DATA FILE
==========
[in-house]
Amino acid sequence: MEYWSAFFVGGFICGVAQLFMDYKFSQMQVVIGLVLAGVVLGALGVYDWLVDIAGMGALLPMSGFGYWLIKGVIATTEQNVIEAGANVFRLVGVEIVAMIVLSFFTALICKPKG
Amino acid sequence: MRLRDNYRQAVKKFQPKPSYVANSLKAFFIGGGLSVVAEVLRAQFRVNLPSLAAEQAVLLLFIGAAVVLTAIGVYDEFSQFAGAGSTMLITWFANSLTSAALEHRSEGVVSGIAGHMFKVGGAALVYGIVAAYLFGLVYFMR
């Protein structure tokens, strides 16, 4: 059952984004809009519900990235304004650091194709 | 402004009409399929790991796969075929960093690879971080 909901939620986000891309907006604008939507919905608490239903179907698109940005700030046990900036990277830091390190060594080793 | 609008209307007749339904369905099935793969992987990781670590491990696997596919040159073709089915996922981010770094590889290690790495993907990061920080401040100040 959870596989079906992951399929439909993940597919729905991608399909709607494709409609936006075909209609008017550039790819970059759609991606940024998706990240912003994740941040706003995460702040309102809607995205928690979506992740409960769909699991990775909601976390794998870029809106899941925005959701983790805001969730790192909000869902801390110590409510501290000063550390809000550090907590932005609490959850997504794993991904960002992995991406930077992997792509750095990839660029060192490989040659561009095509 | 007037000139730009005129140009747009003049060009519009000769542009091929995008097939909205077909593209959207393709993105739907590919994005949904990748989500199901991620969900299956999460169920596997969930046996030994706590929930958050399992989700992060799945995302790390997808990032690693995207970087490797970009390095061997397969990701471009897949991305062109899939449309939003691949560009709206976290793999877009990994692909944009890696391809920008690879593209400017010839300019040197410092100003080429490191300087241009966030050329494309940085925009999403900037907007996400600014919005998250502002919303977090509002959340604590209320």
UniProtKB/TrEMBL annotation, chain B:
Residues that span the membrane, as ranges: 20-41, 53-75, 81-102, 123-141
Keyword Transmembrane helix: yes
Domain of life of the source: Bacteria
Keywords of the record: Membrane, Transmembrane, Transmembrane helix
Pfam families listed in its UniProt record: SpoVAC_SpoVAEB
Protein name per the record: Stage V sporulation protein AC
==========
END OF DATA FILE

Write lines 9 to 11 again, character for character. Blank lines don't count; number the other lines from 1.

Keywords of the record: Membrane, Transmembrane, Transmembrane helix
Pfam families listed in its UniProt record: SpoVAC_SpoVAEB
Protein name per the record: Stage V sporulation protein AC